The Banks family, a respectable Californian family, take in a relative - Will Smith, a street-smart teenager from Philadelphia. The idea is to make him respectable, responsible and mature, but Will has got other plans...
A teenaged genius deals with the usual problems of growing up: having a girlfriend, going to parties, hanging out with his best friend, all this on top of being a licensed physician in a ... See full summary »
Neil Patrick Harris,
The Winslow family is a pretty normal family except for one thing, their neighbor Stephen Urkel. A genius and klutz Steve makes some really weird inventions while driving the Winslow's insane. Written by
Carl, Estelle Eddie, Richie and 3J are the only five characters to use Steve's transformation chamber. Laura, and Harriet are the only two characters to not use it. Carl is the only character to use it more than once. Eddie used it off-screen. See more »
In the Winslows' home, guests would always walk out the front door and then to the left, but in the picture that is shown as the Winslows' home, there is no walkway to the left. There are a few stairs outside that lead up to the front door, but walking to the left after exiting through the front door would only lead into a wall. See more »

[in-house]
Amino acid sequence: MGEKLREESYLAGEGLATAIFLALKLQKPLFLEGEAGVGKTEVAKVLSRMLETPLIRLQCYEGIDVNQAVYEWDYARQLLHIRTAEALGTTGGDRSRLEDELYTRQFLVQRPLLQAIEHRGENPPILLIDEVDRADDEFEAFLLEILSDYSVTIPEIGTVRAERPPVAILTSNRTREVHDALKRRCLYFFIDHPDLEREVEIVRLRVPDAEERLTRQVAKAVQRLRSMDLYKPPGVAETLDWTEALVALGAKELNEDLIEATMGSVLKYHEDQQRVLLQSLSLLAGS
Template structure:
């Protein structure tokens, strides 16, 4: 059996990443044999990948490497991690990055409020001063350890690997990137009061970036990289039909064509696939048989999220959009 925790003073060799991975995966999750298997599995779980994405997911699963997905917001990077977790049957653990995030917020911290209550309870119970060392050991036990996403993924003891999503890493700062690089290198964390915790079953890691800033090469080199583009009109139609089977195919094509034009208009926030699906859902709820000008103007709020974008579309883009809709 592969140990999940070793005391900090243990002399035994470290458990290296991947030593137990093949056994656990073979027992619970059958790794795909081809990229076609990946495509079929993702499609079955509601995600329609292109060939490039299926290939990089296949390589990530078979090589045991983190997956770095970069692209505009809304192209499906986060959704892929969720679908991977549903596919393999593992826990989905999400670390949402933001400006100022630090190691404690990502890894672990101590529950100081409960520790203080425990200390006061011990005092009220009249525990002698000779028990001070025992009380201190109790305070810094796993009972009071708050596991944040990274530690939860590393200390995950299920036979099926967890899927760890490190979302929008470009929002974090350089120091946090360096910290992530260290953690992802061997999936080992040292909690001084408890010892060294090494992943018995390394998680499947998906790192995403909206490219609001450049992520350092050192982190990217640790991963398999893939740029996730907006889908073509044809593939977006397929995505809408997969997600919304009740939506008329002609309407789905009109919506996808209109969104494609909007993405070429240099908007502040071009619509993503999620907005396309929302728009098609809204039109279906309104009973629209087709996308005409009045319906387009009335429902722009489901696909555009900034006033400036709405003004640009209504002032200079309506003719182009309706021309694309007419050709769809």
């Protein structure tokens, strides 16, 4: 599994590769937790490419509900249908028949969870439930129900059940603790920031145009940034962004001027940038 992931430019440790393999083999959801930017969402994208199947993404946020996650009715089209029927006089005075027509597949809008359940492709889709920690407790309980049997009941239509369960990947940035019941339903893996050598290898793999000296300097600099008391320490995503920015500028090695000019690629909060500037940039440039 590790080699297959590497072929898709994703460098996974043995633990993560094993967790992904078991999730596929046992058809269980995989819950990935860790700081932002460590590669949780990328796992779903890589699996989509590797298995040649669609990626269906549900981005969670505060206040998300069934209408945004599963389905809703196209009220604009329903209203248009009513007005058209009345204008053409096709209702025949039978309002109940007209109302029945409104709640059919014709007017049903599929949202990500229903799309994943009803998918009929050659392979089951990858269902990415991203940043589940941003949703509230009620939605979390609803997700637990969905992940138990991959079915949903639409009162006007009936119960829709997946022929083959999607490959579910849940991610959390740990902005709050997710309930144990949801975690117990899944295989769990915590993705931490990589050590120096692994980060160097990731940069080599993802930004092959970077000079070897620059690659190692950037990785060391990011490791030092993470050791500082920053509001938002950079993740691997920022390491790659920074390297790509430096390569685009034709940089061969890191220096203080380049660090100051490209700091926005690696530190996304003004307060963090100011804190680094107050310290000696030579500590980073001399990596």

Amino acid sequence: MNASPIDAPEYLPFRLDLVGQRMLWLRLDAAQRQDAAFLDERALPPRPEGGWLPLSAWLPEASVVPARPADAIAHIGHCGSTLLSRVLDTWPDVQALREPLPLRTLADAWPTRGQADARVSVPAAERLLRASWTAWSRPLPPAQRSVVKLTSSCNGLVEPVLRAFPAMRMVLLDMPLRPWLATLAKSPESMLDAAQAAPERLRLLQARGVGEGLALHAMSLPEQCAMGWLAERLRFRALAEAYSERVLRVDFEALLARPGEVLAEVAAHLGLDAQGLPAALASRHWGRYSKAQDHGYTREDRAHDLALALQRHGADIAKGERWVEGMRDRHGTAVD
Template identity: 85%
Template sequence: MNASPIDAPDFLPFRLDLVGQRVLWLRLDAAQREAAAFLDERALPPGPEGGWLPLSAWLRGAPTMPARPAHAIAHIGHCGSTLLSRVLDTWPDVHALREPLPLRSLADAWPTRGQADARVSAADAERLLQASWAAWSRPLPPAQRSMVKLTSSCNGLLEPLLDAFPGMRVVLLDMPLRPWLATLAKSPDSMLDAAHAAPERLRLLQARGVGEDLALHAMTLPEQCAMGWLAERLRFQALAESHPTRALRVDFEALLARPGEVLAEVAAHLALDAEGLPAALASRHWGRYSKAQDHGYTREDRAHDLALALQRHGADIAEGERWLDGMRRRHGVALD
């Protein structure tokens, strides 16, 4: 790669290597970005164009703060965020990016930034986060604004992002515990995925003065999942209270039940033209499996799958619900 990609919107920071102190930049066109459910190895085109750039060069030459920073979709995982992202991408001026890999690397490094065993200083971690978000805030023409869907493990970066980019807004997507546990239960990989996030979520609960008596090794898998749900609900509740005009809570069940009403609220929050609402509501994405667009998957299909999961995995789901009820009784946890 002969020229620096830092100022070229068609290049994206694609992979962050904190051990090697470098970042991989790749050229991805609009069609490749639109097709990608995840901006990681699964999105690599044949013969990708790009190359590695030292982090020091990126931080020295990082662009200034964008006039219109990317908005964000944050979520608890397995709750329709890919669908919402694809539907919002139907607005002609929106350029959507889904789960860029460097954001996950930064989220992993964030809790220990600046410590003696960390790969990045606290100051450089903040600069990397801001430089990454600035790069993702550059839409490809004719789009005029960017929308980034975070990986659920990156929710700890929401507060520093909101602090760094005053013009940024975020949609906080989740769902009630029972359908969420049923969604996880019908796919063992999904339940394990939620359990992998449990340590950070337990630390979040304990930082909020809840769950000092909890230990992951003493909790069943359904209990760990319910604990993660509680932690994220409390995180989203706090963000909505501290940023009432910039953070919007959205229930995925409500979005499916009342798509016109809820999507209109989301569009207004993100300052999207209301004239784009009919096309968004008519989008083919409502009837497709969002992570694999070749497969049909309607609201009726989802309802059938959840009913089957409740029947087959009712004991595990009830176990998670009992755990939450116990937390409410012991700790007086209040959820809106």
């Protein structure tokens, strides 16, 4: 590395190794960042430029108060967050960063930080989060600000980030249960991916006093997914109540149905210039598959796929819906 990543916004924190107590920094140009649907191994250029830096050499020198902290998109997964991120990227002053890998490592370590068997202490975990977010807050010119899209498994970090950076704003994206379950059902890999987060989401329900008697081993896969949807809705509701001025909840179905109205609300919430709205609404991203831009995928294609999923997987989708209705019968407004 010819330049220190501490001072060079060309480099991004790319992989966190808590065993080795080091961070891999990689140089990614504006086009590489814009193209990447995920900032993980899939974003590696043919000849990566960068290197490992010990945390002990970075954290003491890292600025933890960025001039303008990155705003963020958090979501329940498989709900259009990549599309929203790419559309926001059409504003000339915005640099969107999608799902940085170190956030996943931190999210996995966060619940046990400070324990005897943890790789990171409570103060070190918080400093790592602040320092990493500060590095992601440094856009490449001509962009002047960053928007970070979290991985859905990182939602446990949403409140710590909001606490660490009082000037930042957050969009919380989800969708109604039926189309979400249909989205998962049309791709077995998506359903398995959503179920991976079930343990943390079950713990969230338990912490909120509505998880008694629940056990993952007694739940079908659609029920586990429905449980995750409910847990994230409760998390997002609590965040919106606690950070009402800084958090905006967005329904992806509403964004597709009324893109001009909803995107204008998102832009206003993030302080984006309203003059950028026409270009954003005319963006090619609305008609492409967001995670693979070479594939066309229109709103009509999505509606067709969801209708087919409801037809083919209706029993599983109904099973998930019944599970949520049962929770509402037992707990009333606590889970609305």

The character Urkel gets a lot of trash thrown his way, but look at what the actor himself did: He stole a sitcom. It doesn't happen often. Now I'm not certain when he was first introduced on the show, but I believe it was during the first season. He was the "wacky neighbor" with a crush on Laura -- nothing more. Within two seasons, the show was his. He owned it. Huge plot lines revolved around him; he got as much if not more screen time and dialogue as anyone else, and in many cases, more than the entire cast. Some may not like him, but he stole the show out from under the original cast through pure energy and originality. He developed a dead-pan 'look' that rivaled Johnny Carson's and one-upped Mr. Roper's. His physical comedy was outrageous, sometimes slightly ridiculous, but ideally suited to a basic family sitcom. Anyone of-age who has watched some TV in their time knows who Urkel was -- because he was dominant. Like him or not, Urkel is a unique, unforgettable character in TV history, and for that massive achievement, he deserves credit.
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